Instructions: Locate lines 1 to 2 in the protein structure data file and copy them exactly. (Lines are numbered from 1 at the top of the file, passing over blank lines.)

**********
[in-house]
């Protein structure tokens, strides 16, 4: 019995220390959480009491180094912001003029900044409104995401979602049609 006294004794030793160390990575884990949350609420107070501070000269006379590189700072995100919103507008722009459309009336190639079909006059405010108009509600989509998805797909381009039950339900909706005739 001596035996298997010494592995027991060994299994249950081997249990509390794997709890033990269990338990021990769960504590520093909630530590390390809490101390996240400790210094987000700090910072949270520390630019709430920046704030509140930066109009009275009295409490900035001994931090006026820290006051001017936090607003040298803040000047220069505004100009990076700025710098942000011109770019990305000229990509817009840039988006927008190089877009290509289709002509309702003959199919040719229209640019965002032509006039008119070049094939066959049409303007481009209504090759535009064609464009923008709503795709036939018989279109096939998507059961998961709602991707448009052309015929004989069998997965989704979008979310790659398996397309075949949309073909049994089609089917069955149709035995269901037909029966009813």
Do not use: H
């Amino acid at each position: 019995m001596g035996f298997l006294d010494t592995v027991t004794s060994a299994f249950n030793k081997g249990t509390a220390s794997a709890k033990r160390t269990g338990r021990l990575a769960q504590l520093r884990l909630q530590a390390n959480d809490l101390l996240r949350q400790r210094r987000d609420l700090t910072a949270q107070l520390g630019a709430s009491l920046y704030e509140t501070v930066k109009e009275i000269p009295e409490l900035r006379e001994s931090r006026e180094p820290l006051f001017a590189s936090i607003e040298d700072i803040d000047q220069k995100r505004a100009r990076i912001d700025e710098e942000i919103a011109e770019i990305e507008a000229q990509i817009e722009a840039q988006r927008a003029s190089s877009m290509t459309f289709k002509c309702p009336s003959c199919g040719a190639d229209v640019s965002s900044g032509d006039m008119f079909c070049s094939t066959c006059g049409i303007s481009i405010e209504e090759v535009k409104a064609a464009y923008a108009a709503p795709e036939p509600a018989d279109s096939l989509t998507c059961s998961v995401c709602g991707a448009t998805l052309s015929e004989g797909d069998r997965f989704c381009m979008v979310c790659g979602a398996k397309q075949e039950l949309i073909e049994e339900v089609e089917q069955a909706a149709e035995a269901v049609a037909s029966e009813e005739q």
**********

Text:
[in-house]
């Protein structure tokens, strides 16, 4: 019995220390959480009491180094912001003029900044409104995401979602049609 006294004794030793160390990575884990949350609420107070501070000269006379590189700072995100919103507008722009459309009336190639079909006059405010108009509600989509998805797909381009039950339900909706005739 001596035996298997010494592995027991060994299994249950081997249990509390794997709890033990269990338990021990769960504590520093909630530590390390809490101390996240400790210094987000700090910072949270520390630019709430920046704030509140930066109009009275009295409490900035001994931090006026820290006051001017936090607003040298803040000047220069505004100009990076700025710098942000011109770019990305000229990509817009840039988006927008190089877009290509289709002509309702003959199919040719229209640019965002032509006039008119070049094939066959049409303007481009209504090759535009064609464009923008709503795709036939018989279109096939998507059961998961709602991707448009052309015929004989069998997965989704979008979310790659398996397309075949949309073909049994089609089917069955149709035995269901037909029966009813």